mox·ie/ˈmäksē/ noun – force of character, determination, or nerve.
We should all have a little bit of moxie in our lives. When someone says that you have moxie, it means that you have a fighting spirit and that you don’t give up easily. Sometimes you have to have moxie in order to fight for what is right, to stand up when you see something that isn’t fair. I love the idea of empowering the next generation of girls with moxie. So it will come as no surprise that I ADORED Jennifer Mathieu’s novel, Moxie.
First of all, let me tell you how I heard about this book. I have been a driving force in helping my brother develop his classroom library for 7th and 8th grade English in Los Angeles. My pet peeve about classroom libraries is that teachers don’t always know the books out there that their students might gravitate toward. Unfortunately, his school also doesn’t have an actual library, so classroom libraries are imperative. Anyway, we’ve been having fun watching his kids adore the books, but this time one of his students recommended a book to him and then he recommended it to me (before he even read it). When I read the summary on Goodreads, I knew that it was going to be good. I didn’t realize it was going to be great.
Moxie tells the story of Vivian Carter, a girl living in a small-town in Texas. Vivian Carter is a “good girl.” She lives with her mom, her dad died when she was very young, and her grandparents live next door. She keeps her head down and focuses on the end goal of getting out of her small Texas town. Vivian never really thought about the negatives of her town until Lucy shows up. Lucy is the latest target of Mitchell Wilson, football star and son of the school’s principal. He calls out things like “Make me a sandwich!” which, as Vivian explains it, means that “girls belong in the kitchen and they shouldn’t have opinions.”
Vivian’s mom was a punk rock Riot Grrrl in the ’90s, wanted to get out of their small town as soon as she finished high school, and created zines with her friends that were feminist and political. They listened to punk rock that sang about the issues they were dealing with. Vivian’s outrage with acceptable behavior at her high school grows and she winds up creating a zine and distribute it secretly in the girls’ bathroom. She includes a call for action, but does anyone agree with her, or is she blowing things out of proportion? Turns out Moxie was the spark that everyone needed to stand up for themselves.
The Moxie zine starts a revolution. Girls have never felt comfortable being groped, shamed, harassed, and pushed around, but it is easier to confront a bully when you are not the only one suffering. There is definitely power in numbers. What starts as an emotional outlet for one girl becomes a driving force for a whole group. One girl starts a bake sale to fund uniforms for the girls’ soccer team and later someone else throws a girls only party for the same fundraiser. The school wants “moxie” shut down, but that’s hard to do when it seems to have taken on a life of its own.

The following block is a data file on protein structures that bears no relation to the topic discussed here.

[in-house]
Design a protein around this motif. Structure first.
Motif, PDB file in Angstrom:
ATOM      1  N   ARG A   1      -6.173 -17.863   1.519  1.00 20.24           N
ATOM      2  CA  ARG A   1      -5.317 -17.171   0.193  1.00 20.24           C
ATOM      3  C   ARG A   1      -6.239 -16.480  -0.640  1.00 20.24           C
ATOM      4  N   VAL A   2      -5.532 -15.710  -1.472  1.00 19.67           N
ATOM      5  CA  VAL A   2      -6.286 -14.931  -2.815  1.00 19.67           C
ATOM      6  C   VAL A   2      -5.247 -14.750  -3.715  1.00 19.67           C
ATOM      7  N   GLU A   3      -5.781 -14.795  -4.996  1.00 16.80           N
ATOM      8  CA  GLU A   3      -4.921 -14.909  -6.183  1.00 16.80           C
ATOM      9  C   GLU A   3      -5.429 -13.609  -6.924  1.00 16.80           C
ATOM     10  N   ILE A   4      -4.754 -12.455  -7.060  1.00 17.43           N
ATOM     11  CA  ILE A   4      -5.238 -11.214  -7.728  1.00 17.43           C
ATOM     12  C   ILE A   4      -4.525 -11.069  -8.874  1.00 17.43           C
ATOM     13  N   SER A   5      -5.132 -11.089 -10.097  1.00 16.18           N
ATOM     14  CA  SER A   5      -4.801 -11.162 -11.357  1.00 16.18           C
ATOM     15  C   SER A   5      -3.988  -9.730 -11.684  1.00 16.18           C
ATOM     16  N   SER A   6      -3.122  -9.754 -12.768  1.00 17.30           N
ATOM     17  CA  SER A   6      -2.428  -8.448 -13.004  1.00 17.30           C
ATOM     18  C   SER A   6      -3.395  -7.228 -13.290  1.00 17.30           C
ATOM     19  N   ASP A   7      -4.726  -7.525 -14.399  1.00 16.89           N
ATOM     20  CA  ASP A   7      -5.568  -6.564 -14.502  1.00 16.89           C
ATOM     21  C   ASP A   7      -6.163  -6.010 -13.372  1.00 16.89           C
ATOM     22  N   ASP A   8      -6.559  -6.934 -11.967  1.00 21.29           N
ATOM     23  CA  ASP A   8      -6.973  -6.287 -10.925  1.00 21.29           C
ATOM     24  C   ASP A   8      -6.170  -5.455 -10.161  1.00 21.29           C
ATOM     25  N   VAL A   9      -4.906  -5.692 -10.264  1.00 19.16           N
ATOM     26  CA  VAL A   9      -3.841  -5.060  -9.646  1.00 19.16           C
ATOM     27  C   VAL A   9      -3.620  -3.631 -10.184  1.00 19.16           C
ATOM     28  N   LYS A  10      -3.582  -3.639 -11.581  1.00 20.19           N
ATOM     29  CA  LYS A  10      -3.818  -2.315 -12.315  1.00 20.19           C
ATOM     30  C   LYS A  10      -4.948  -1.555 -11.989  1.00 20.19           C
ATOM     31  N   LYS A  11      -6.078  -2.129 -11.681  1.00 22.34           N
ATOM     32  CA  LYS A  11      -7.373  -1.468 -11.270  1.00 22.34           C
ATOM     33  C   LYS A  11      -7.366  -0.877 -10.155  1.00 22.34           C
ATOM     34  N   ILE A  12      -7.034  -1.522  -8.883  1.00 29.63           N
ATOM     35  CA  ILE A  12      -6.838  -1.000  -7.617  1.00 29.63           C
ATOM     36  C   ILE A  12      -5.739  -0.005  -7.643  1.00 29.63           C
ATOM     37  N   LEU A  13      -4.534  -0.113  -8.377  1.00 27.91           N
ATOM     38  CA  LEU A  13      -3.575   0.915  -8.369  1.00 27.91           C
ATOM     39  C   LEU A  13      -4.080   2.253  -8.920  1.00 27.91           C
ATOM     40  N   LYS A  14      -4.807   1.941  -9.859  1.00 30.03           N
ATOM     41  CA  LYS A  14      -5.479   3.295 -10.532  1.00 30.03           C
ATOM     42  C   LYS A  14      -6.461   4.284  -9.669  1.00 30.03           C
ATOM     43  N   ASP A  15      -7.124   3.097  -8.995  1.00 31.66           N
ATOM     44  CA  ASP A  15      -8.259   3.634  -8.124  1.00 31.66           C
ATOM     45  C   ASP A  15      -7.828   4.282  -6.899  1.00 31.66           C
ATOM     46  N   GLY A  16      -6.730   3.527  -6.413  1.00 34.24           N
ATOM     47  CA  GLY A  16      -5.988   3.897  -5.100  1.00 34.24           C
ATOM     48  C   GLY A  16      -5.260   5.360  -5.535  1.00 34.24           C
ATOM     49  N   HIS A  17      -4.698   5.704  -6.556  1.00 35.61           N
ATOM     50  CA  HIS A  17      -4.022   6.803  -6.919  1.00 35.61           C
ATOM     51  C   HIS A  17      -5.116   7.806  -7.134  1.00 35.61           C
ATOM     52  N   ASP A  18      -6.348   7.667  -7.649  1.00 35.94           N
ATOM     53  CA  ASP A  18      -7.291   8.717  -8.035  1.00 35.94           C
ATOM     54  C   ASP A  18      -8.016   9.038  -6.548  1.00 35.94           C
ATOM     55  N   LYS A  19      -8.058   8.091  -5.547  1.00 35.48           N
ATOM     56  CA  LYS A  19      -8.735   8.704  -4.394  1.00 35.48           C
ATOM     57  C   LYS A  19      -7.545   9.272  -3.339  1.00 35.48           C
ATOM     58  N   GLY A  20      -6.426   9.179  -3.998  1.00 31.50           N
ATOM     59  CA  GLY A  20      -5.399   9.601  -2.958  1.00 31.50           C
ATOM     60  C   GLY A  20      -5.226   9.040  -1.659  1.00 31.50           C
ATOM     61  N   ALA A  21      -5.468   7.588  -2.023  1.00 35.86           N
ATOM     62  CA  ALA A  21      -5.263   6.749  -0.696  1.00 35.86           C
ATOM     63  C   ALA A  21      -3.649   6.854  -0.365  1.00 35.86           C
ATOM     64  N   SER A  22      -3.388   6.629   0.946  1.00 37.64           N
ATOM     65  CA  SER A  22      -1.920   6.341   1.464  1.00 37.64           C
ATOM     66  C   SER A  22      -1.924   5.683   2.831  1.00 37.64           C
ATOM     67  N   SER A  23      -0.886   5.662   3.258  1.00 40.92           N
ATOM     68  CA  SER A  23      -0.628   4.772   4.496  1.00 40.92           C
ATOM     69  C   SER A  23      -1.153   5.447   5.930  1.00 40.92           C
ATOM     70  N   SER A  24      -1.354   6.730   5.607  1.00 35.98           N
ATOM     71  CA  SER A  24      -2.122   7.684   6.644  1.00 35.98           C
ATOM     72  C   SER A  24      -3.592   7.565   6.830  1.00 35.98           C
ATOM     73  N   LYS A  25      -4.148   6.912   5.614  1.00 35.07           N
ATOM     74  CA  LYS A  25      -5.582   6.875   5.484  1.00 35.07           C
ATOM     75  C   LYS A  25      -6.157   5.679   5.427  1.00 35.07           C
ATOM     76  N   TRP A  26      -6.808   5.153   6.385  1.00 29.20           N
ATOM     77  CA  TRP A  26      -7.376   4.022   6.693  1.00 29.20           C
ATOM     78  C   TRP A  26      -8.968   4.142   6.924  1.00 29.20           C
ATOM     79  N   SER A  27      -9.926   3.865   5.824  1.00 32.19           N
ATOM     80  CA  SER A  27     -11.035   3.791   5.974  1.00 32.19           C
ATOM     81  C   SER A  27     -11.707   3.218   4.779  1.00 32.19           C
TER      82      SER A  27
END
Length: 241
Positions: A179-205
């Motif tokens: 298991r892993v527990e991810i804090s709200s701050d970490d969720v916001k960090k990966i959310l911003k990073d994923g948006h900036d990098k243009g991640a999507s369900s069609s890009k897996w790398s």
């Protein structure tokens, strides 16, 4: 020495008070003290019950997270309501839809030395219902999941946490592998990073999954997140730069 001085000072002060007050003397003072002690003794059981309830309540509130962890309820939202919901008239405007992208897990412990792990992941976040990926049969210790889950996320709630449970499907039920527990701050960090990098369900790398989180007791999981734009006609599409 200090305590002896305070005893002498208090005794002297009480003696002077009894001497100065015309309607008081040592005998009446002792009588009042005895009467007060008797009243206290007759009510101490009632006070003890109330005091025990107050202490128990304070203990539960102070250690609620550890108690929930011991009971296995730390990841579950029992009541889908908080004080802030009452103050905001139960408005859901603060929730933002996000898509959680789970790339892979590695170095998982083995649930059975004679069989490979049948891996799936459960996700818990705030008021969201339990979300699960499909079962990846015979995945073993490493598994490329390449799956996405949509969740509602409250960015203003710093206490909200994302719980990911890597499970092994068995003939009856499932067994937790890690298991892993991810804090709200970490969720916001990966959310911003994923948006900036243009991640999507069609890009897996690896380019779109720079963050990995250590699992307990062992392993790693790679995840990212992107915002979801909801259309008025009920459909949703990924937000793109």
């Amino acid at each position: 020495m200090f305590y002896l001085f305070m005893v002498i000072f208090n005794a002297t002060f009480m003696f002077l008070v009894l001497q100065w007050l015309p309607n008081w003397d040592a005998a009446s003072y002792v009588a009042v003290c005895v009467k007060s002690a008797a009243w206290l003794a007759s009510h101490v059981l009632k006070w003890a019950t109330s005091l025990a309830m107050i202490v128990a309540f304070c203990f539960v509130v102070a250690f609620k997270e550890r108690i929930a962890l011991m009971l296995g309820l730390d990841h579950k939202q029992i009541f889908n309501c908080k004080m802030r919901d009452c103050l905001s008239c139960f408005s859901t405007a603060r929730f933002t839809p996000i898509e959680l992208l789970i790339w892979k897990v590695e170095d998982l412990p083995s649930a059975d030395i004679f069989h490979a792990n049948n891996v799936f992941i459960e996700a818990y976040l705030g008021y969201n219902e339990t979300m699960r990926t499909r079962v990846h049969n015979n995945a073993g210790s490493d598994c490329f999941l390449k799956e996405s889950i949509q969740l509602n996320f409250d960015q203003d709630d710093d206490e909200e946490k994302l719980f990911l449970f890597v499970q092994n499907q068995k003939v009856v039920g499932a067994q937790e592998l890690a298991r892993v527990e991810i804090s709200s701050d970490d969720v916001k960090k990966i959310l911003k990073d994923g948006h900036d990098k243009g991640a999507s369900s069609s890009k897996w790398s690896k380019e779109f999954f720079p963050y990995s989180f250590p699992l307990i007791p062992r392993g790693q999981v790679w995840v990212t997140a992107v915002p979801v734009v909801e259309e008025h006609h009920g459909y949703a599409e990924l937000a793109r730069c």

Moxie is an important read for young women and even young men. The biggest takeaway has to do with girls not being willing to settle for double standards and harassment. Mathieu also addresses the notion of girls holding each other up instead of tearing each other down and that it is hard to understand what another sex or race is feeling if you have not actually experienced it yourself.
Moxie is not a male-bashing book. Moxie is a book about girls taking power over their bodies and expecting respect from those around them. It reminds us that we never know what a person has gone through until we walk through their shoes and that how one appears on the outside does not always reflect what they are going through on the inside.
There is a bit of romance in this, but that story line was more about showing various sides of men. Seth is one of the few guys at Vivian’s school who isn’t a jerk, though said with more colorful language. He agrees with most of what she says, but struggles when someone cries rape. Fortunately, he is given a chance to learn rather than being written off as a dumb jerk.
I loved this book. I highly recommend this for all high school libraries.